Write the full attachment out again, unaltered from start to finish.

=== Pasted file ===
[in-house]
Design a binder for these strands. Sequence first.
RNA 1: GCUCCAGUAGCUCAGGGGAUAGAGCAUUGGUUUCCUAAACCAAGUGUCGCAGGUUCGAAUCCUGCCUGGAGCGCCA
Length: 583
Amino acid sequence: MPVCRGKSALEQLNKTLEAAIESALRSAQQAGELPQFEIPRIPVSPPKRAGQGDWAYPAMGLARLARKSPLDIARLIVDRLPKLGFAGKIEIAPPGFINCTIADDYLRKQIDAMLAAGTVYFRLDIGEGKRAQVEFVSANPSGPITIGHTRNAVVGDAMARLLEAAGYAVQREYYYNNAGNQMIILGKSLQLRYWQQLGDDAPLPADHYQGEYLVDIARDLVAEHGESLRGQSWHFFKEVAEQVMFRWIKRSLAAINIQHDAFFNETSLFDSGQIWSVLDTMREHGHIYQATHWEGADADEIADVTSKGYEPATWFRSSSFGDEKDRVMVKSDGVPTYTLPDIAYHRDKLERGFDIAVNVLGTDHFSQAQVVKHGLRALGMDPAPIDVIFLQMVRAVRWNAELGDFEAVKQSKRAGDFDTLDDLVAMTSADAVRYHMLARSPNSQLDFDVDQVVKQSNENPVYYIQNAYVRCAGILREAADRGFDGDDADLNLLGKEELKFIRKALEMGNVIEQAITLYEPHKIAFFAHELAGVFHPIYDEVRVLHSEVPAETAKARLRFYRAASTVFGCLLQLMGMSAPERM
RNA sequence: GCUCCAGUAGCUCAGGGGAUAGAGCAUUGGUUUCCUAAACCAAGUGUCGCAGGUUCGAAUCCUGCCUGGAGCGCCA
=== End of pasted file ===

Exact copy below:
[in-house]
Design a binder for these strands. Sequence first.
RNA 1: GCUCCAGUAGCUCAGGGGAUAGAGCAUUGGUUUCCUAAACCAAGUGUCGCAGGUUCGAAUCCUGCCUGGAGCGCCA
Length: 583
Amino acid sequence: MPVCRGKSALEQLNKTLEAAIESALRSAQQAGELPQFEIPRIPVSPPKRAGQGDWAYPAMGLARLARKSPLDIARLIVDRLPKLGFAGKIEIAPPGFINCTIADDYLRKQIDAMLAAGTVYFRLDIGEGKRAQVEFVSANPSGPITIGHTRNAVVGDAMARLLEAAGYAVQREYYYNNAGNQMIILGKSLQLRYWQQLGDDAPLPADHYQGEYLVDIARDLVAEHGESLRGQSWHFFKEVAEQVMFRWIKRSLAAINIQHDAFFNETSLFDSGQIWSVLDTMREHGHIYQATHWEGADADEIADVTSKGYEPATWFRSSSFGDEKDRVMVKSDGVPTYTLPDIAYHRDKLERGFDIAVNVLGTDHFSQAQVVKHGLRALGMDPAPIDVIFLQMVRAVRWNAELGDFEAVKQSKRAGDFDTLDDLVAMTSADAVRYHMLARSPNSQLDFDVDQVVKQSNENPVYYIQNAYVRCAGILREAADRGFDGDDADLNLLGKEELKFIRKALEMGNVIEQAITLYEPHKIAFFAHELAGVFHPIYDEVRVLHSEVPAETAKARLRFYRAASTVFGCLLQLMGMSAPERM
RNA sequence: GCUCCAGUAGCUCAGGGGAUAGAGCAUUGGUUUCCUAAACCAAGUGUCGCAGGUUCGAAUCCUGCCUGGAGCGCCA